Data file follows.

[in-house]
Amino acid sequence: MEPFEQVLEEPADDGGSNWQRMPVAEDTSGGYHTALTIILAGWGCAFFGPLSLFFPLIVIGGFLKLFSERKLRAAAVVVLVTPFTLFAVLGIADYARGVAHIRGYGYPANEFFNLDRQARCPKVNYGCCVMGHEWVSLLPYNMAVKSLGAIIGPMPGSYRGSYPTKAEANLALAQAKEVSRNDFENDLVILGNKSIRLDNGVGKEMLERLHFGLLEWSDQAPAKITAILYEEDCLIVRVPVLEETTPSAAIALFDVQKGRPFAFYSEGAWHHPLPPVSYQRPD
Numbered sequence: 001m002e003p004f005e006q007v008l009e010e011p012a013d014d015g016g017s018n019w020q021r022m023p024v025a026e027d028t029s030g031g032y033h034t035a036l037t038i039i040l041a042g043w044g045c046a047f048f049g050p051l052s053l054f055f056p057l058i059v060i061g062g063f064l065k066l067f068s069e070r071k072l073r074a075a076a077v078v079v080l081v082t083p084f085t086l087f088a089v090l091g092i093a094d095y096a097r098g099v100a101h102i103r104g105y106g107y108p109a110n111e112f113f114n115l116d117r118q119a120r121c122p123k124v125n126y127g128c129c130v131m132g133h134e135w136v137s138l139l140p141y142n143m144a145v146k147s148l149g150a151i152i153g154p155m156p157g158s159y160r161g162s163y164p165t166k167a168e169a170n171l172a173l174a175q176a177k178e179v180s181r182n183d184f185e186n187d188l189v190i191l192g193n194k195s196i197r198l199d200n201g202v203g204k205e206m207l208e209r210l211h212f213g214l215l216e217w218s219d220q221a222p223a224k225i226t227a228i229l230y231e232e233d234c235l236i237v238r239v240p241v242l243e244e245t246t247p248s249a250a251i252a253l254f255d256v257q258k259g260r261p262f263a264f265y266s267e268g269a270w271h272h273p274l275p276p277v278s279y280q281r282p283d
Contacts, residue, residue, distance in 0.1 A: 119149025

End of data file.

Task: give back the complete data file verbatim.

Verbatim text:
[in-house]
Amino acid sequence: MEPFEQVLEEPADDGGSNWQRMPVAEDTSGGYHTALTIILAGWGCAFFGPLSLFFPLIVIGGFLKLFSERKLRAAAVVVLVTPFTLFAVLGIADYARGVAHIRGYGYPANEFFNLDRQARCPKVNYGCCVMGHEWVSLLPYNMAVKSLGAIIGPMPGSYRGSYPTKAEANLALAQAKEVSRNDFENDLVILGNKSIRLDNGVGKEMLERLHFGLLEWSDQAPAKITAILYEEDCLIVRVPVLEETTPSAAIALFDVQKGRPFAFYSEGAWHHPLPPVSYQRPD
Numbered sequence: 001m002e003p004f005e006q007v008l009e010e011p012a013d014d015g016g017s018n019w020q021r022m023p024v025a026e027d028t029s030g031g032y033h034t035a036l037t038i039i040l041a042g043w044g045c046a047f048f049g050p051l052s053l054f055f056p057l058i059v060i061g062g063f064l065k066l067f068s069e070r071k072l073r074a075a076a077v078v079v080l081v082t083p084f085t086l087f088a089v090l091g092i093a094d095y096a097r098g099v100a101h102i103r104g105y106g107y108p109a110n111e112f113f114n115l116d117r118q119a120r121c122p123k124v125n126y127g128c129c130v131m132g133h134e135w136v137s138l139l140p141y142n143m144a145v146k147s148l149g150a151i152i153g154p155m156p157g158s159y160r161g162s163y164p165t166k167a168e169a170n171l172a173l174a175q176a177k178e179v180s181r182n183d184f185e186n187d188l189v190i191l192g193n194k195s196i197r198l199d200n201g202v203g204k205e206m207l208e209r210l211h212f213g214l215l216e217w218s219d220q221a222p223a224k225i226t227a228i229l230y231e232e233d234c235l236i237v238r239v240p241v242l243e244e245t246t247p248s249a250a251i252a253l254f255d256v257q258k259g260r261p262f263a264f265y266s267e268g269a270w271h272h273p274l275p276p277v278s279y280q281r282p283d
Contacts, residue, residue, distance in 0.1 A: 119149025